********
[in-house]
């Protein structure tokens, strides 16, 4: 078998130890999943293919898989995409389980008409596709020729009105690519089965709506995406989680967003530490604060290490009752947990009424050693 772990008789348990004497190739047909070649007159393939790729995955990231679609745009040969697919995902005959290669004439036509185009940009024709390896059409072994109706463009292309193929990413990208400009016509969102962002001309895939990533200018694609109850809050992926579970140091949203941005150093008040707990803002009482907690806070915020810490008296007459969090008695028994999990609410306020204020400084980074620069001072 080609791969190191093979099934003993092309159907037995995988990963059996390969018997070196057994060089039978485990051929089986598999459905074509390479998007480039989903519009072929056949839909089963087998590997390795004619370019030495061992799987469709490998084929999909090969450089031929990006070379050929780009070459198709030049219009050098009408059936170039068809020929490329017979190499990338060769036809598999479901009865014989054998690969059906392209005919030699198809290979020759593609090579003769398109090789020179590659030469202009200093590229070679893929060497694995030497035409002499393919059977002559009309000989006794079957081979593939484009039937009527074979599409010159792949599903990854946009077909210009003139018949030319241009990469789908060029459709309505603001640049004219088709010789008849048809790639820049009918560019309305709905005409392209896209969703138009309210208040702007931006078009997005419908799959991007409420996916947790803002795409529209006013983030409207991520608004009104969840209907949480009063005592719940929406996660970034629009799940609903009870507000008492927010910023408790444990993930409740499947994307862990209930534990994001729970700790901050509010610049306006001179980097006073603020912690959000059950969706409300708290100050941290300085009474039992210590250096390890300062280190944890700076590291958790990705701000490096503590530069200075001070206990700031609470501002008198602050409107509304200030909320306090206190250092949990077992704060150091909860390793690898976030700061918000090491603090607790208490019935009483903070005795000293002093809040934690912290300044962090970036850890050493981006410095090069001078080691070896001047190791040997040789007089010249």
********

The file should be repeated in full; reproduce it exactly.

[in-house]
């Protein structure tokens, strides 16, 4: 078998130890999943293919898989995409389980008409596709020729009105690519089965709506995406989680967003530490604060290490009752947990009424050693 772990008789348990004497190739047909070649007159393939790729995955990231679609745009040969697919995902005959290669004439036509185009940009024709390896059409072994109706463009292309193929990413990208400009016509969102962002001309895939990533200018694609109850809050992926579970140091949203941005150093008040707990803002009482907690806070915020810490008296007459969090008695028994999990609410306020204020400084980074620069001072 080609791969190191093979099934003993092309159907037995995988990963059996390969018997070196057994060089039978485990051929089986598999459905074509390479998007480039989903519009072929056949839909089963087998590997390795004619370019030495061992799987469709490998084929999909090969450089031929990006070379050929780009070459198709030049219009050098009408059936170039068809020929490329017979190499990338060769036809598999479901009865014989054998690969059906392209005919030699198809290979020759593609090579003769398109090789020179590659030469202009200093590229070679893929060497694995030497035409002499393919059977002559009309000989006794079957081979593939484009039937009527074979599409010159792949599903990854946009077909210009003139018949030319241009990469789908060029459709309505603001640049004219088709010789008849048809790639820049009918560019309305709905005409392209896209969703138009309210208040702007931006078009997005419908799959991007409420996916947790803002795409529209006013983030409207991520608004009104969840209907949480009063005592719940929406996660970034629009799940609903009870507000008492927010910023408790444990993930409740499947994307862990209930534990994001729970700790901050509010610049306006001179980097006073603020912690959000059950969706409300708290100050941290300085009474039992210590250096390890300062280190944890700076590291958790990705701000490096503590530069200075001070206990700031609470501002008198602050409107509304200030909320306090206190250092949990077992704060150091909860390793690898976030700061918000090491603090607790208490019935009483903070005795000293002093809040934690912290300044962090970036850890050493981006410095090069001078080691070896001047190791040997040789007089010249």